Talk about the separation of science and religion. A group of Israeli scientists printed the entire text of the Hebrew Bible on to an area smaller than half a grain of sugar, no doubt enraging anti-science religious zealots and anti-religion scientific hard-liners alike. It took the nanotechnology experts from the Technion institute in Haifa an hour to etch the Torah's 300,000 words by blasting gallium ions onto a tiny silicon surface.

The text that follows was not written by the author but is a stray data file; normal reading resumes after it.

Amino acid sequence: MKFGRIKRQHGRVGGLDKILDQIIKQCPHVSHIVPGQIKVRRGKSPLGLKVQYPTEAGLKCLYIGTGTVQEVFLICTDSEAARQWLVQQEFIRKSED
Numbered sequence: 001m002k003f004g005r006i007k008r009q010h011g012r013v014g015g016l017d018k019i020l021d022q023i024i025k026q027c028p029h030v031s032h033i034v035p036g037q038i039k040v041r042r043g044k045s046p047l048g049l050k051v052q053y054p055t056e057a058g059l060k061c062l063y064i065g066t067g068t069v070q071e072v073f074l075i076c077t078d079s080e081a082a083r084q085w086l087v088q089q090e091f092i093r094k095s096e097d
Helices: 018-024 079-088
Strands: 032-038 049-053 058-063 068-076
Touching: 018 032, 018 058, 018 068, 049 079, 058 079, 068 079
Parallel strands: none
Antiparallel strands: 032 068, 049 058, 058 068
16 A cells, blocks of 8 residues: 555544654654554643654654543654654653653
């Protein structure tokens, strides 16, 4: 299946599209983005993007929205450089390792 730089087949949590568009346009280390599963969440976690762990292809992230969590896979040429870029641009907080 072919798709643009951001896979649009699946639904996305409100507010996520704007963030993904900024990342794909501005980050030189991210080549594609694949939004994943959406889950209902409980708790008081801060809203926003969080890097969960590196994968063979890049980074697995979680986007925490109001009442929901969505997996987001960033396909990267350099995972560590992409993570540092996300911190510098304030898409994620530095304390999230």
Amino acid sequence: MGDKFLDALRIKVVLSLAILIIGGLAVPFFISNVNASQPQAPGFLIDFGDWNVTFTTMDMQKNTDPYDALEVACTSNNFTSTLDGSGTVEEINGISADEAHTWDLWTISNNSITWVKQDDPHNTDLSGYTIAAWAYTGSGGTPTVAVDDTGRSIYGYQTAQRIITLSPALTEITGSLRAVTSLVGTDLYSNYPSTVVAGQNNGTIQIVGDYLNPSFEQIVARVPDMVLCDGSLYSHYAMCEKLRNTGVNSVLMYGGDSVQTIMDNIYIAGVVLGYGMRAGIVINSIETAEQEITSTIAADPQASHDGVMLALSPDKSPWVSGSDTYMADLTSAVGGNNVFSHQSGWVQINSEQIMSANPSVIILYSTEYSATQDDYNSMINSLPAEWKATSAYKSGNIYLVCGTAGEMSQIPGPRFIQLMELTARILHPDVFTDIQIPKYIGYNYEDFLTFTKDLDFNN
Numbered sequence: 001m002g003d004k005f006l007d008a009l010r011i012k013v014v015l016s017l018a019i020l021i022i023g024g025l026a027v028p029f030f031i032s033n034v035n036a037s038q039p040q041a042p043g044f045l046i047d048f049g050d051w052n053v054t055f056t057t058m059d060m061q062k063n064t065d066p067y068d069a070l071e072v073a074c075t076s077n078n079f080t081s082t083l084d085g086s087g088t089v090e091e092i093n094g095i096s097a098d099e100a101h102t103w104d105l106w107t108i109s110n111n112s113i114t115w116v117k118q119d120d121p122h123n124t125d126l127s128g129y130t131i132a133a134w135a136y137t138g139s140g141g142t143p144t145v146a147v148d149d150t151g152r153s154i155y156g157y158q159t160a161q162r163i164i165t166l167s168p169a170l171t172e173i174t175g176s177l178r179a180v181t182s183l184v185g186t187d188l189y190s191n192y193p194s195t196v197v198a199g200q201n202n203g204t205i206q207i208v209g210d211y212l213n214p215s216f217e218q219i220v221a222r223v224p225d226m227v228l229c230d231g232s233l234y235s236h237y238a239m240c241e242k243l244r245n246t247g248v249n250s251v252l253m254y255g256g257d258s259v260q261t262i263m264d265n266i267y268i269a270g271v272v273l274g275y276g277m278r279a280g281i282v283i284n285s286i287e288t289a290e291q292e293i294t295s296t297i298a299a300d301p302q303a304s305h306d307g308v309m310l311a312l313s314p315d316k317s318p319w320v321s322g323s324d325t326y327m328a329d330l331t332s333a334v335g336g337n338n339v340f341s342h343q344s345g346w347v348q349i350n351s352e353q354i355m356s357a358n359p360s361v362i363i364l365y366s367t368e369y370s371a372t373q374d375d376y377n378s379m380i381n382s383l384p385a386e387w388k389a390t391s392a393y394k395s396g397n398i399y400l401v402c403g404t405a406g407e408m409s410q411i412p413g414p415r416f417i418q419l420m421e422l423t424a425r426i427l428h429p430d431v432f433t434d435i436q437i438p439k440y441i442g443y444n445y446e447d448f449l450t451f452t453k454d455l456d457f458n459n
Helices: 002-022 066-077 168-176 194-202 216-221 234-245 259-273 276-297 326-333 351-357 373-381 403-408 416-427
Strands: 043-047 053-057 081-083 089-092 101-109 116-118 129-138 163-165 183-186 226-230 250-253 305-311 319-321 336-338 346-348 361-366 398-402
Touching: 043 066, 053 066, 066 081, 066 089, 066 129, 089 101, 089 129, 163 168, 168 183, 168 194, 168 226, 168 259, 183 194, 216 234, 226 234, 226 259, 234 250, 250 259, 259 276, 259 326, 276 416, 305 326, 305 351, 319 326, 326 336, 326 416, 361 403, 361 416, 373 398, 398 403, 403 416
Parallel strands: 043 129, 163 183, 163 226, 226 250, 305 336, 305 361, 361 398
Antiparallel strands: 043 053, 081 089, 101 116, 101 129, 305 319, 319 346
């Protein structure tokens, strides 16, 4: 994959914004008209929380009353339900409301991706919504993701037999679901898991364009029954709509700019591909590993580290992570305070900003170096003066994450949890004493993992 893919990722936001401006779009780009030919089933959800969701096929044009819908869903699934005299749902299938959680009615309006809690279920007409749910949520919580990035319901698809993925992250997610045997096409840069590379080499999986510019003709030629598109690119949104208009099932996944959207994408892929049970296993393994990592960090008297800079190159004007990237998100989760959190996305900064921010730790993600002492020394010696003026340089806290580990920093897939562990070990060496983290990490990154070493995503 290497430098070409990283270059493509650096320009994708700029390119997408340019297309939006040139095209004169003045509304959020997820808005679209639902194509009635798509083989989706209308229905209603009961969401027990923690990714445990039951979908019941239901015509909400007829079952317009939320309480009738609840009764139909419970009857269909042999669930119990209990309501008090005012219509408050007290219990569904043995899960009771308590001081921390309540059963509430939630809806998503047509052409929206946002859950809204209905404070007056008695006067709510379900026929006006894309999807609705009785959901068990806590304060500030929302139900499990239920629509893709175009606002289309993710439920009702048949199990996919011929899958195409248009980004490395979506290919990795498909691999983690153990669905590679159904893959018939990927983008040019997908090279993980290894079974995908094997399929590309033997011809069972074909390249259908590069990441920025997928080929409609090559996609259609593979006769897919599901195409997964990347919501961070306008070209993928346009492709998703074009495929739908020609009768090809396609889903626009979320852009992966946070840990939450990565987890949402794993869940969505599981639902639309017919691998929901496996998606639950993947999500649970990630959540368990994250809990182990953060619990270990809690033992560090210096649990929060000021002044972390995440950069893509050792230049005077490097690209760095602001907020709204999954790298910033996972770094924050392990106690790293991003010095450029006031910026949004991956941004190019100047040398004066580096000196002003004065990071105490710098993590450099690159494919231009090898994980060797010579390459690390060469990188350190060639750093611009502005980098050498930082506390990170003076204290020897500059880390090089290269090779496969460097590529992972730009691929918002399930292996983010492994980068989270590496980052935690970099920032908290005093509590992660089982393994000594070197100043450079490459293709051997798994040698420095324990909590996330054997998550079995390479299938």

The scientists weren't trying to make any specific statement about religion, but instead to draw attention to the capabilities of nanotechnology as a way of storing data.
The Guinness Book of World Records current "smallest bible ever" is probably the wordier King James Version (you know, the one that accounts for yesterday's big holiday). However, since it's fifty times larger this new one, we think it's safe to say that nanotech will be the medium of all future "world's smallest book" claims.